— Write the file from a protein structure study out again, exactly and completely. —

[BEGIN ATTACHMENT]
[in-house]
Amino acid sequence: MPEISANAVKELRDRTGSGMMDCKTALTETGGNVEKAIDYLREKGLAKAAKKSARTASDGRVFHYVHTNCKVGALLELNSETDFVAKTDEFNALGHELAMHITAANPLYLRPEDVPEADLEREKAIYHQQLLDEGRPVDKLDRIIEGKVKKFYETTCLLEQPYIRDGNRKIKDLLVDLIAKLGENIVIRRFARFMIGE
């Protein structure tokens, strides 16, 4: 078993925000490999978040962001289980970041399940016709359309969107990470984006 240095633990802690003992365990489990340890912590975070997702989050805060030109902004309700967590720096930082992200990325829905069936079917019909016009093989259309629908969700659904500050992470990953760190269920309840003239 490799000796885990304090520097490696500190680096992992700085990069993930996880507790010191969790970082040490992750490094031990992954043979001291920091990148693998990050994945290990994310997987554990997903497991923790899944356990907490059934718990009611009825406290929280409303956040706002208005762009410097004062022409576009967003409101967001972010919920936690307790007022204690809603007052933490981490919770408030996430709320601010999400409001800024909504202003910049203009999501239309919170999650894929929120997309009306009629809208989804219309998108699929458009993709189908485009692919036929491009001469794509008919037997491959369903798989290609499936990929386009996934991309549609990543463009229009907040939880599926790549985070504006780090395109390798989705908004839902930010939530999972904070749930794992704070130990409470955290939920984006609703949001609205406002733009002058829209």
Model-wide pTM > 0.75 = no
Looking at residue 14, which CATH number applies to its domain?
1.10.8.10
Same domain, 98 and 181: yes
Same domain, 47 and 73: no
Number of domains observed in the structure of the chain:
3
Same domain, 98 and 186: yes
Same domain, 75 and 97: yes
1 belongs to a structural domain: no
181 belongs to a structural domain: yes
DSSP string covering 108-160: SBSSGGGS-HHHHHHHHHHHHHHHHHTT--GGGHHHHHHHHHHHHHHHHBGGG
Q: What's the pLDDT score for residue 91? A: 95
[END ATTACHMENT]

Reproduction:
[in-house]
Amino acid sequence: MPEISANAVKELRDRTGSGMMDCKTALTETGGNVEKAIDYLREKGLAKAAKKSARTASDGRVFHYVHTNCKVGALLELNSETDFVAKTDEFNALGHELAMHITAANPLYLRPEDVPEADLEREKAIYHQQLLDEGRPVDKLDRIIEGKVKKFYETTCLLEQPYIRDGNRKIKDLLVDLIAKLGENIVIRRFARFMIGE
């Protein structure tokens, strides 16, 4: 078993925000490999978040962001289980970041399940016709359309969107990470984006 240095633990802690003992365990489990340890912590975070997702989050805060030109902004309700967590720096930082992200990325829905069936079917019909016009093989259309629908969700659904500050992470990953760190269920309840003239 490799000796885990304090520097490696500190680096992992700085990069993930996880507790010191969790970082040490992750490094031990992954043979001291920091990148693998990050994945290990994310997987554990997903497991923790899944356990907490059934718990009611009825406290929280409303956040706002208005762009410097004062022409576009967003409101967001972010919920936690307790007022204690809603007052933490981490919770408030996430709320601010999400409001800024909504202003910049203009999501239309919170999650894929929120997309009306009629809208989804219309998108699929458009993709189908485009692919036929491009001469794509008919037997491959369903798989290609499936990929386009996934991309549609990543463009229009907040939880599926790549985070504006780090395109390798989705908004839902930010939530999972904070749930794992704070130990409470955290939920984006609703949001609205406002733009002058829209």
Model-wide pTM > 0.75 = no
Looking at residue 14, which CATH number applies to its domain?
1.10.8.10
Same domain, 98 and 181: yes
Same domain, 47 and 73: no
Number of domains observed in the structure of the chain:
3
Same domain, 98 and 186: yes
Same domain, 75 and 97: yes
1 belongs to a structural domain: no
181 belongs to a structural domain: yes
DSSP string covering 108-160: SBSSGGGS-HHHHHHHHHHHHHHHHHTT--GGGHHHHHHHHHHHHHHHHBGGG
Q: What's the pLDDT score for residue 91? A: 95